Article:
The Parable of the Talents

14 “For it is as if a man, going on a journey, summoned his slaves and entrusted his property to them; 15 to one he gave five talents,[a] to another two, to another one, to each according to his ability. Then he went away. 16 The one who had received the five talents went off at once and traded with them, and made five more talents. 17 In the same way, the one who had the two talents made two more talents. 18 But the one who had received the one talent went off and dug a hole in the ground and hid his master’s money. 19 After a long time the master of those slaves came and settled accounts with them. 20 Then the one who had received the five talents came forward, bringing five more talents, saying, ‘Master, you handed over to me five talents; see, I have made five more talents.’ 21 His master said to him, ‘Well done, good and trustworthy slave; you have been trustworthy in a few things, I will put you in charge of many things; enter into the joy of your master.’ 22 And the one with the two talents also came forward, saying, ‘Master, you handed over to me two talents; see, I have made two more talents.’ 23 His master said to him, ‘Well done, good and trustworthy slave; you have been trustworthy in a few things, I will put you in charge of many things; enter into the joy of your master.’ 24 Then the one who had received the one talent also came forward, saying, ‘Master, I knew that you were a harsh man, reaping where you did not sow, and gathering where you did not scatter seed; 25 so I was afraid, and I went and hid your talent in the ground. Here you have what is yours.’ 26 But his master replied, ‘You wicked and lazy slave! You knew, did you, that I reap where I did not sow, and gather where I did not scatter? 27 Then you ought to have invested my money with the bankers, and on my return I would have received what was my own with interest. 28 So take the talent from him, and give it to the one with the ten talents. 29 For to all those who have, more will be given, and they will have an abundance; but from those who have nothing, even what they have will be taken away. 30 As for this worthless slave, throw him into the outer darkness, where there will be weeping and gnashing of teeth.’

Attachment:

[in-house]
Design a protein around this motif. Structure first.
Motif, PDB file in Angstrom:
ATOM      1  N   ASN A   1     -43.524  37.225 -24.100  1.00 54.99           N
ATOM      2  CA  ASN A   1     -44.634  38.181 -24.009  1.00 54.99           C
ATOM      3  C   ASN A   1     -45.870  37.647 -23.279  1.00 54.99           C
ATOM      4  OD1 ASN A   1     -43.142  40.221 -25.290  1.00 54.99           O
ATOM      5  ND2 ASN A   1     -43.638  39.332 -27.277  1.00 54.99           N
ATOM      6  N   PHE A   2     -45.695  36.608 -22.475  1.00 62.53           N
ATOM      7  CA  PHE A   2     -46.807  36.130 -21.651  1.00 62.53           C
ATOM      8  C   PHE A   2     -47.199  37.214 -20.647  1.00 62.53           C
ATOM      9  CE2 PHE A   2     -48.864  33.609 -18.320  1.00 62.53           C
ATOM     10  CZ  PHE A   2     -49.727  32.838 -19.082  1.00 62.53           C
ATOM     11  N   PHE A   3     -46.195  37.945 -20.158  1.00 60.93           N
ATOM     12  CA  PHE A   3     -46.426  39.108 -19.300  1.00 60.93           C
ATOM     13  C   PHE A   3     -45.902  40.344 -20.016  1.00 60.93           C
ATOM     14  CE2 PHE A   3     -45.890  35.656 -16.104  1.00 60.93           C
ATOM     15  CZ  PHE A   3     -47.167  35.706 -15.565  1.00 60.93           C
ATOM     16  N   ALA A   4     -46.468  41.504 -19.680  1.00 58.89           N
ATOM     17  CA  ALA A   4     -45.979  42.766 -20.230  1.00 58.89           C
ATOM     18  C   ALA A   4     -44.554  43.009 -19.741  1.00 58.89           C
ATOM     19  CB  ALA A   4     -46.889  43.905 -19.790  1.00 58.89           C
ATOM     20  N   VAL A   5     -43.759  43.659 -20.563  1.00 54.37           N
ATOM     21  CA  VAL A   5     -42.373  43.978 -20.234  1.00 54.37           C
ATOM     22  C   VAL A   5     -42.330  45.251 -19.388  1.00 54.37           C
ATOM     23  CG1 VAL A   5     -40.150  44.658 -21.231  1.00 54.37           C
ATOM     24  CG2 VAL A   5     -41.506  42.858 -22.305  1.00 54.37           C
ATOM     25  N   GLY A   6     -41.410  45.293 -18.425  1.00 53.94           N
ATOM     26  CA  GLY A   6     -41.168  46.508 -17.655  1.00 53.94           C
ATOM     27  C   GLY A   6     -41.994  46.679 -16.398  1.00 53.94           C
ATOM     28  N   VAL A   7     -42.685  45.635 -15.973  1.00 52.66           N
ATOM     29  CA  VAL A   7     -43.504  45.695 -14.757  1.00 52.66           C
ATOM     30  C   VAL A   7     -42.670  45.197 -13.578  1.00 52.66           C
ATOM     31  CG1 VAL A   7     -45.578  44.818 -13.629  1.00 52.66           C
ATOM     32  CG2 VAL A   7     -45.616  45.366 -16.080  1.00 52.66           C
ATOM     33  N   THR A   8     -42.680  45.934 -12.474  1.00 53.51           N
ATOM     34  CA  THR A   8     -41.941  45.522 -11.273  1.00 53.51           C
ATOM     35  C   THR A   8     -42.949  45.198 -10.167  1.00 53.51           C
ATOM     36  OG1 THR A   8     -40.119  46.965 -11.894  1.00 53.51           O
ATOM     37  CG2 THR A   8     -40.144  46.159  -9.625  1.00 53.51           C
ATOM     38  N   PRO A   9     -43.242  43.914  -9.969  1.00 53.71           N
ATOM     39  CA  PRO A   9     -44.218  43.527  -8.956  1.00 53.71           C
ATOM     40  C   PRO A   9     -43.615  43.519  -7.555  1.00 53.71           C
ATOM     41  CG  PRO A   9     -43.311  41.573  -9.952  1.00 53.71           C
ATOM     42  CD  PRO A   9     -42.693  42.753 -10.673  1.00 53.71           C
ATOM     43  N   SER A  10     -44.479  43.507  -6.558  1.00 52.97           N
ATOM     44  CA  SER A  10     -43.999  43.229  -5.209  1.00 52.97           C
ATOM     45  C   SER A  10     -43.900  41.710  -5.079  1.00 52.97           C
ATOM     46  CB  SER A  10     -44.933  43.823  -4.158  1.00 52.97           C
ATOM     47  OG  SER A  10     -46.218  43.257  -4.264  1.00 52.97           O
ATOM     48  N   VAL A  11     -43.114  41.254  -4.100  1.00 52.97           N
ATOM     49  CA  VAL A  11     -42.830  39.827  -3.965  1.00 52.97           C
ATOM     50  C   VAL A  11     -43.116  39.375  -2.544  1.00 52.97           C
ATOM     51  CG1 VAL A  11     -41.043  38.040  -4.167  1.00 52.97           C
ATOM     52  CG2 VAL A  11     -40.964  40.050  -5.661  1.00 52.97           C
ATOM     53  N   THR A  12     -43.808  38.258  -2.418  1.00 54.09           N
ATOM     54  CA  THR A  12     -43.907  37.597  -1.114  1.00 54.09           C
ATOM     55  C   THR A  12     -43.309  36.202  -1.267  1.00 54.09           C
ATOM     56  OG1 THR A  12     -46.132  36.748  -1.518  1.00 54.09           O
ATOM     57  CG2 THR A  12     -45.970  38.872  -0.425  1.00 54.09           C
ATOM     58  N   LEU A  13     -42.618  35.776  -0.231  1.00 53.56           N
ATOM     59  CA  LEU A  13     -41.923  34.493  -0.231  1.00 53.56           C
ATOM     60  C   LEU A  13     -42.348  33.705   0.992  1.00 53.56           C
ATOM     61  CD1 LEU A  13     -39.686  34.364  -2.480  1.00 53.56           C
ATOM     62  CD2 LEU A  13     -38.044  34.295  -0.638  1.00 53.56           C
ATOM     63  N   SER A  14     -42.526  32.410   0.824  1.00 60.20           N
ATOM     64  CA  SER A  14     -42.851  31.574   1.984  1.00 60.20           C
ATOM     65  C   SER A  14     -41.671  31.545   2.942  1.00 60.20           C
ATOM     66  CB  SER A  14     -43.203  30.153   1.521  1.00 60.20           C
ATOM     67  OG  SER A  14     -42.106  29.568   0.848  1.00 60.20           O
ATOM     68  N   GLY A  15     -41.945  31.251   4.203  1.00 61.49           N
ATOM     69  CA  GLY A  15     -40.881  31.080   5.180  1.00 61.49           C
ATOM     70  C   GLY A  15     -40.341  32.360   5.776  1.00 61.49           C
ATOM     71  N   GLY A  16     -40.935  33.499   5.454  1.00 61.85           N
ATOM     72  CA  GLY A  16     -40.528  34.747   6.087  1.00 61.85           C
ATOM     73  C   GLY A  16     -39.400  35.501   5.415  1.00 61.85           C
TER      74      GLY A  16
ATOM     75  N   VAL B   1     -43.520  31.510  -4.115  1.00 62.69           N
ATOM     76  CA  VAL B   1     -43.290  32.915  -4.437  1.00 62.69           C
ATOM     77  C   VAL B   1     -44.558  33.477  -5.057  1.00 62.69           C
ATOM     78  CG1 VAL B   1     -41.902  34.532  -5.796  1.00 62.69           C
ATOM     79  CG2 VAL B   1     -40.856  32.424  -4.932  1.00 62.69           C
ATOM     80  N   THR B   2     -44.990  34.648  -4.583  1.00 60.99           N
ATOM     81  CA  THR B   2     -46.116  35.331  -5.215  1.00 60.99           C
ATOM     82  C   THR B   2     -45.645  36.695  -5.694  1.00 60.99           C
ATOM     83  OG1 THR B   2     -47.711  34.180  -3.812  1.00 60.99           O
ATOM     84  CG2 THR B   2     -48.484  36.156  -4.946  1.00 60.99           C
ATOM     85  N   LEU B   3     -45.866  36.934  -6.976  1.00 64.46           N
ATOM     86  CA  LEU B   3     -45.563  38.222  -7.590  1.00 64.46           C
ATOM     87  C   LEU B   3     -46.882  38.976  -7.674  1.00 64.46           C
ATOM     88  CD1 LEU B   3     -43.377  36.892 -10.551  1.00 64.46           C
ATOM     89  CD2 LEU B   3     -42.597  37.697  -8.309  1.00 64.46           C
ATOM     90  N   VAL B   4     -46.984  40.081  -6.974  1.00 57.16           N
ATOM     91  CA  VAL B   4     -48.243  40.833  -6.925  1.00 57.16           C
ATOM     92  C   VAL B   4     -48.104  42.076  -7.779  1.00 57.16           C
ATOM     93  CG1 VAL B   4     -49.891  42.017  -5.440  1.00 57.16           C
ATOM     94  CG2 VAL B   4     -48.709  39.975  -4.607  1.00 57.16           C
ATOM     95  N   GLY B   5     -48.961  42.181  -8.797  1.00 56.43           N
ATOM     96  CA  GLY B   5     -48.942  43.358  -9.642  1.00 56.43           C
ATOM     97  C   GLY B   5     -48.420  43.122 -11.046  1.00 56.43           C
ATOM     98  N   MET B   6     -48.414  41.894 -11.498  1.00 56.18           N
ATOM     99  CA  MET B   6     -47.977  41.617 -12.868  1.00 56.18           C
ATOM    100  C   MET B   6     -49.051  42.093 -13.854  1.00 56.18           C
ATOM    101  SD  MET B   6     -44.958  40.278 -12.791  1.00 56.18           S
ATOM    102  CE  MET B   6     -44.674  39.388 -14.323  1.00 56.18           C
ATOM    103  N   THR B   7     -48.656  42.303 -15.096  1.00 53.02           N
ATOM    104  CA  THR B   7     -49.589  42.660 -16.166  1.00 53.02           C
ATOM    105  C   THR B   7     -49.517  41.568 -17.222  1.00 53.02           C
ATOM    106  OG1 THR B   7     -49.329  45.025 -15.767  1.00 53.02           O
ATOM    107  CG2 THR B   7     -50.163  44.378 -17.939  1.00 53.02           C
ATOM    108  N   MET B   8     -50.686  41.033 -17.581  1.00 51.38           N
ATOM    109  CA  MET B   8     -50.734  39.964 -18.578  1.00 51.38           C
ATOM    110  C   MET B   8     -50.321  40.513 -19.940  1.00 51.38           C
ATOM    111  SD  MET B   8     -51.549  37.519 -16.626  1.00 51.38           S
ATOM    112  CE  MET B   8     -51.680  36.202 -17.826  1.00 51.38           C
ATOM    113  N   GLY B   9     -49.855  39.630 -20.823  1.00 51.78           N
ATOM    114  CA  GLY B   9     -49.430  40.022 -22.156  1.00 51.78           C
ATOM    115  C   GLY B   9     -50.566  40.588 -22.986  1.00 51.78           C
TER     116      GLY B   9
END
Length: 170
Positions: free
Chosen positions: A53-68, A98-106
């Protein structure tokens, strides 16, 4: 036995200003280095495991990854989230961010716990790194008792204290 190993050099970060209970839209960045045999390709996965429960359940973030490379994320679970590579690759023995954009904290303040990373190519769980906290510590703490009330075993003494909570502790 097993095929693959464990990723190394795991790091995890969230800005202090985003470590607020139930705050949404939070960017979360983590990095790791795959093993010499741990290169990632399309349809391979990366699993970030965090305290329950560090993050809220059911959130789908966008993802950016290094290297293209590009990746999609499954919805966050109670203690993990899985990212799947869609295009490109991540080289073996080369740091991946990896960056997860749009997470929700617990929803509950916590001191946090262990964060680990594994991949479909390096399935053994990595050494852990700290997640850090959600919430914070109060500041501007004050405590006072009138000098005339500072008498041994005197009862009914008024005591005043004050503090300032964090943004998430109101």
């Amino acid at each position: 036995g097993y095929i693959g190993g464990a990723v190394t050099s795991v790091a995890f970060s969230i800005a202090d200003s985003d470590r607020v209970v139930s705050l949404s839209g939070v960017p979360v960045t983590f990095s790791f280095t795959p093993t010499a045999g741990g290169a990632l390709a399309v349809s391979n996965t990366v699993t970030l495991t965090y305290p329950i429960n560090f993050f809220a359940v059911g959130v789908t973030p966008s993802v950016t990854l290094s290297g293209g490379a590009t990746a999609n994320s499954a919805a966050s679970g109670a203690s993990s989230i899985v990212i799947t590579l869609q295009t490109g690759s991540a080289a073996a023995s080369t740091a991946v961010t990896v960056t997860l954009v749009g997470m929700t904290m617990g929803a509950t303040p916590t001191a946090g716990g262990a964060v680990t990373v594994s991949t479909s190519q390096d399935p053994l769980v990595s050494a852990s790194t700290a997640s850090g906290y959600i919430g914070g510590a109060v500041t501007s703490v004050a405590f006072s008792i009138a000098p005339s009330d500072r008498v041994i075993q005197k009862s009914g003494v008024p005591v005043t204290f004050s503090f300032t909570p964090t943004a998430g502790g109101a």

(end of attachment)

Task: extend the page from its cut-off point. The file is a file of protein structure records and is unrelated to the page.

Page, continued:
“Your One Wild and Precious Life”

delivered on Sunday, November 15, to KCUCC by Rev. Peter Luckey

Imagine if you could do what you really really, in your heart of hearts wanted to do, with the talents God has given to you, what would that be?

Imagine that you had no barriers or obstacles or limitations.

I am learning how this can be a very powerful question. I am taking a class on how to be a coach, which is helping people to discover in themselves their fullest potential.

A question like this can unlock something deep inside a person, by hushing all those inner voices that whisper into our heads: “I am not good enough. Others do it better. I don’t really have any distinct talents. This is not the right time. I am being selfish. I should do something else.”  The list goes on and on.

Yes, all those limiting voices we whisper in our heads: I am not good enough, talented enough, others can do this better than me, it’s not the right time, not enough money.

 

And just imagine if you could quiet those voices, and for once imagine a life where you get to do what you really want to do. What would you do with what God had given to you; whatever talents and abilities had been gifted to you? What would you do?

 

My assumption here this morning is that you would not pick a selfish choice, that you are here because in a real sense what you really want for yourself is what God wants for you too. As Frederick Buechner said, "It’s about figuring out where the world’s deep hunger and your deep gladness meet."